6 Ways You May Be Sabotaging Your Job Hunt (And How to Stop!)

As anyone who’s ever looked for a job knows, it’s not always an easy process. Some candidates make the whole thing harder by sabotaging themselves—often without realizing it. Are you one of them?


Here are six ways you might be undermining your job search efforts, and how you can turn things around to get from application to offer faster.

1. Your email address is less than professional

What is your contact information saying about you? If your email address is “JennyAndJosh@AOL.com”, it’s basically saying “don’t hire me.”

It’s surprising how many people are still using unprofessional email handles when they’re looking to be taken seriously. Nicknames, “family” accounts and cutesy tags should never appear on your resume—or in an employer’s inbox.

If you don’t already have a professional email address, one great option is to get your.name@gmail.com. If your name is taken, you could add a short number to the end.

2. You’re trying to get “the Internet” to hire you

There are so many things you can do online. You can look for jobs, research companies, send your resume or application, and connect with colleagues, recruiters, and potential employers.

However, it’s important to remember that the Internet is not going to hire you. An actual person will do that.

Actually talking to people, either on the phone or in person, will deliver results faster and more efficiently than emailing and uploading. Strive to speak with people who could actually hire you, or people who can connect you directly with someone who hires.

3. You’re cheating on your recruiter

Recruiters are neither stupid, nor naïve. They expect that you’ll be working with more than one recruiter, and might even be communicating directly with some hiring managers. The problem comes in when you lie about it.

You need to be honest when asked how many recruiters you’re working with, or which companies you’ve already approached for a job. If you’re referred or represented by more than one recruiter for the same position, you won’t look like an in-demand candidate—you’ll look untrustworthy, disorganized, and unprofessional.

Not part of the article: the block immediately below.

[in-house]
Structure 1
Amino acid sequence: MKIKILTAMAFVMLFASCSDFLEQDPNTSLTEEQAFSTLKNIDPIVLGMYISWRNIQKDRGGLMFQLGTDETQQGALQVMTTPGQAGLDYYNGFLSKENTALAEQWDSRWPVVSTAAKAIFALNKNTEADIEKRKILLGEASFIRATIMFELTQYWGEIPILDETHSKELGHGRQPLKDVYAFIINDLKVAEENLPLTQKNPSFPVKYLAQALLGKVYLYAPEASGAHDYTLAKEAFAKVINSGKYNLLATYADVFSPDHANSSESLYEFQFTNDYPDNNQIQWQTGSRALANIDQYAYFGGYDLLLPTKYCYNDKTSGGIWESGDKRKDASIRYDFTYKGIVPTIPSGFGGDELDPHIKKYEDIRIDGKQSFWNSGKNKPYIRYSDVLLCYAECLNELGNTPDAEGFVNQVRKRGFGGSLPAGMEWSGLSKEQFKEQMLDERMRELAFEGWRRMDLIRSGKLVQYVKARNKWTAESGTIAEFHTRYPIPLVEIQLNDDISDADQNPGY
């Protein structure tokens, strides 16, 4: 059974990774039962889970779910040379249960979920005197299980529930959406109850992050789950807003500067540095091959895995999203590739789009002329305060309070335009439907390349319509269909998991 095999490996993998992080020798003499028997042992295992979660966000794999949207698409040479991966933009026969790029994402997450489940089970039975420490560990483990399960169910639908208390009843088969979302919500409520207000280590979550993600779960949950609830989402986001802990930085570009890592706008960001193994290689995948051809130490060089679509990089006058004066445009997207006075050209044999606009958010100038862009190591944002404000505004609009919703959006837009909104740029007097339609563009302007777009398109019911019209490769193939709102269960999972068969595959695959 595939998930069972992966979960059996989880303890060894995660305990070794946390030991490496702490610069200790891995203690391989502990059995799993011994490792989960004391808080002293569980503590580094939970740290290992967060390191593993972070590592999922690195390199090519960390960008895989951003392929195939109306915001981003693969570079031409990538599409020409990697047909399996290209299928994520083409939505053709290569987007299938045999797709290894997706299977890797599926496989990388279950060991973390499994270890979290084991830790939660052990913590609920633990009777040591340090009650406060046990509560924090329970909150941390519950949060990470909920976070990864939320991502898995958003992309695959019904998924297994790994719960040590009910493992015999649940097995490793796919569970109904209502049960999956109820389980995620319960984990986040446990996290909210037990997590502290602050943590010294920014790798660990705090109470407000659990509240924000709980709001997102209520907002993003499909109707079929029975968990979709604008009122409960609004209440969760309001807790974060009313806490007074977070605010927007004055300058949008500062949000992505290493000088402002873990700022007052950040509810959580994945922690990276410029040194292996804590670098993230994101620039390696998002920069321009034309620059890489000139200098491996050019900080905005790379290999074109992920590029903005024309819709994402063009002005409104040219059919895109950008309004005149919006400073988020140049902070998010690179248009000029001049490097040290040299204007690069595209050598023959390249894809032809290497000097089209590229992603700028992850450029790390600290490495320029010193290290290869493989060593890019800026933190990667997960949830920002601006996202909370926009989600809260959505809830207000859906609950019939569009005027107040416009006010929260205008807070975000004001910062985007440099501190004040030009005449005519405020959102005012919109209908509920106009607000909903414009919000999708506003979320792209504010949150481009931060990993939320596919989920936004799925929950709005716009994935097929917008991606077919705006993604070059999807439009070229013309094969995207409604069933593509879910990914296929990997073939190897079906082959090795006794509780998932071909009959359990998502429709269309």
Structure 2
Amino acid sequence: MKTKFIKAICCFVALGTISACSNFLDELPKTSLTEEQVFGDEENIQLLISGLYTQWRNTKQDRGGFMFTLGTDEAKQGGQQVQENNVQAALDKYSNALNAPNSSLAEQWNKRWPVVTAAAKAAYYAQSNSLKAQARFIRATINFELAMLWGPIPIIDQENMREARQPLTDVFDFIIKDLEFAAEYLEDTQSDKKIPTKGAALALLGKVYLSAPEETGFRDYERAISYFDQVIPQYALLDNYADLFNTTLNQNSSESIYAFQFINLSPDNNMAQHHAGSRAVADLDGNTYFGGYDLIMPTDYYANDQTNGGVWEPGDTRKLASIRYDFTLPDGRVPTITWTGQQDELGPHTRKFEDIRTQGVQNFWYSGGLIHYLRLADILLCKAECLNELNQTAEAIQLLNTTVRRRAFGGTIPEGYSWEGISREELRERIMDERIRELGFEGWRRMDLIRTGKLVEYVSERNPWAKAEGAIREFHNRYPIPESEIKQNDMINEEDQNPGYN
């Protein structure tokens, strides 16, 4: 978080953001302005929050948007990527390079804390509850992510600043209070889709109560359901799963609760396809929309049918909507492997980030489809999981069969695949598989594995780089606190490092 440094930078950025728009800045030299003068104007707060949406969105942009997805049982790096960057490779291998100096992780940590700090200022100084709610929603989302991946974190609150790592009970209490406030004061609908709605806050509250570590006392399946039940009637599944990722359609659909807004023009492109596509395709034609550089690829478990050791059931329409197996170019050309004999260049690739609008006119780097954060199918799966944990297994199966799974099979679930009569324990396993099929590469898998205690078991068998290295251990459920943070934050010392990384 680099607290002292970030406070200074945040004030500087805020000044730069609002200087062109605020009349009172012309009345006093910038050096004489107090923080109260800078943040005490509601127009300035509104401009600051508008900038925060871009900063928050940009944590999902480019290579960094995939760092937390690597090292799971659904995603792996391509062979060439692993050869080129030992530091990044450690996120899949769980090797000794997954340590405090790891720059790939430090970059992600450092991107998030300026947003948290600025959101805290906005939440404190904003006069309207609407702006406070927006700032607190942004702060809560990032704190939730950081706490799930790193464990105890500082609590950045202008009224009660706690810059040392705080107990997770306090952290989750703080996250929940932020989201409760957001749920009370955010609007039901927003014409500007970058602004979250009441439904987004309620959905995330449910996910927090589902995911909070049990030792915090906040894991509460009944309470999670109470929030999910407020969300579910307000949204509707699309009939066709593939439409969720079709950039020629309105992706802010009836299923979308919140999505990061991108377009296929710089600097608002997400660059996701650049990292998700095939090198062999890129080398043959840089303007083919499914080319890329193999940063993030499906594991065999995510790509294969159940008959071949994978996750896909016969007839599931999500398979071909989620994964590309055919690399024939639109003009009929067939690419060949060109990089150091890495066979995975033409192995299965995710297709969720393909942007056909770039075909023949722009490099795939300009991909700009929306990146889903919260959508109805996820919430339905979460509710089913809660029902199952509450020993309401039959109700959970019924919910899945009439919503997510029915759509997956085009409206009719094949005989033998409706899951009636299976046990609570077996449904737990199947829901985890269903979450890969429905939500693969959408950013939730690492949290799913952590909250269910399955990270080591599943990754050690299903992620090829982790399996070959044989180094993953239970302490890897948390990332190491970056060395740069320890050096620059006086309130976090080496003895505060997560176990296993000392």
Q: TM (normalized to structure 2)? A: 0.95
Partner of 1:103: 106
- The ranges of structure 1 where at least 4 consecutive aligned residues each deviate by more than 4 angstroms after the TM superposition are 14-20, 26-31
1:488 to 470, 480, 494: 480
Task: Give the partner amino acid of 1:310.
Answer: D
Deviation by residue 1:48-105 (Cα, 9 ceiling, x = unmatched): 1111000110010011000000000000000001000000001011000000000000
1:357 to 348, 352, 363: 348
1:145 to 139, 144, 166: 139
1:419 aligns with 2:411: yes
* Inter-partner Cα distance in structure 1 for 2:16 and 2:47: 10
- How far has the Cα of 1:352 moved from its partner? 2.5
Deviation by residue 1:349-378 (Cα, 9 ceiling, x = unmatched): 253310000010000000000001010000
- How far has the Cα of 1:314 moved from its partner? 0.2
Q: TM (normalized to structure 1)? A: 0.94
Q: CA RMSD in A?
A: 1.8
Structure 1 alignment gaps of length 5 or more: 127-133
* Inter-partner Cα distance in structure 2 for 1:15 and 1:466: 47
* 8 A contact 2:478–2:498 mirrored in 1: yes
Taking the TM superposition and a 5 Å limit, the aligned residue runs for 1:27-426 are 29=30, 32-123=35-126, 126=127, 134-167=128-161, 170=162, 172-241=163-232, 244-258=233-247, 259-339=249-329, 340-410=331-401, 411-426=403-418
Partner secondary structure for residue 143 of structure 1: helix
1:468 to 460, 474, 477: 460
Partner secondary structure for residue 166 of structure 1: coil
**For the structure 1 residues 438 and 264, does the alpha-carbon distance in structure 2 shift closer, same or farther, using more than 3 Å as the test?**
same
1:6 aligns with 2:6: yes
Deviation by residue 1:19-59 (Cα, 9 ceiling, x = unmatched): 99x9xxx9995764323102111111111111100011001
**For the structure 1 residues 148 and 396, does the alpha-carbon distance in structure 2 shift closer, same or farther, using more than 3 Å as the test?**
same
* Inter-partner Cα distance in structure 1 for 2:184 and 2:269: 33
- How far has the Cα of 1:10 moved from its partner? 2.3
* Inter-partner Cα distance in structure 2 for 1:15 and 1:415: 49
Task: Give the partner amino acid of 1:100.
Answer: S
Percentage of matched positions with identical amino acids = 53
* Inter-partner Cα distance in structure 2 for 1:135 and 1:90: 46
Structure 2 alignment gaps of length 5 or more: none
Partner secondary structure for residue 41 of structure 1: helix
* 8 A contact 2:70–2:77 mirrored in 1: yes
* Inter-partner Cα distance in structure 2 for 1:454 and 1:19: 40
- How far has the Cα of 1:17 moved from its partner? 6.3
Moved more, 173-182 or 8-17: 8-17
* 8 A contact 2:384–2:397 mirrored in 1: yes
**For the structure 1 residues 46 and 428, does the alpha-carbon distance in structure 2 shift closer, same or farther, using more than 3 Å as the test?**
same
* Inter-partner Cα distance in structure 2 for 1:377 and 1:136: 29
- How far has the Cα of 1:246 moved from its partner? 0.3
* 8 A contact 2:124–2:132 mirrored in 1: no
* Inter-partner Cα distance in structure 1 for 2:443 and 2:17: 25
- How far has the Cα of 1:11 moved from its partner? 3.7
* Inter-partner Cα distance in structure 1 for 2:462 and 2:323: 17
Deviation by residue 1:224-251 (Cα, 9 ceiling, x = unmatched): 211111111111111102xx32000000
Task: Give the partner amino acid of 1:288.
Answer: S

4. Your last employer sucked—and you’re letting everyone know

Badmouthing your former employers is simply a bad idea. You may think that talking about the toxic environment you came from is just demonstrating how much happier you’ll be if the interviewer hires you, but all you’re really doing is painting yourself as a negative person who’s hard to satisfy. No employer wants to hire a complainer.

It’s okay to offer tactful, neutral explanations about why you’re leaving your job, but refrain from dishing out all the dirty gossip you can.

5. Your salary is imaginary

Some job candidates either fudge the numbers, or flat-out lie about how much they’re making in their current position. It’s an attempt to get a potential employer to match the higher salary you’re not really earning—and it can backfire. Recruiting agencies and hiring managers are verifying compensation more often, and if you haven’t been truthful, you’re not likely to get hired.

Instead, simply ask for a higher salary than you’re currently making, and be prepared to explain why you deserve more. The hiring manager just might agree with you.

6. You’re playing hard to get

Competing offers for jobs can be a double-edged sword. Some employers may choose not to hire you if you’ve got an offer elsewhere, while others can be more inclined to steal you from the competition. In either case, honesty is once again your best policy.

Always be upfront and timely about job offers. Don’t make up another offer in the hopes that the employer will see you as in demand—and don’t conceal an offer so you can try to hold out for a better one. Being proactive and letting recruiters or hiring managers know can sometimes lead to a one-up contest between employers that will end in your favor.

In general, keeping your job search honest, proactive, and professional will help you avoid self-sabotage and get you hired faster. Contact us today at (513) 651-9500 or by email at info@psychpros.com to find out more about how we can help you find your next position!

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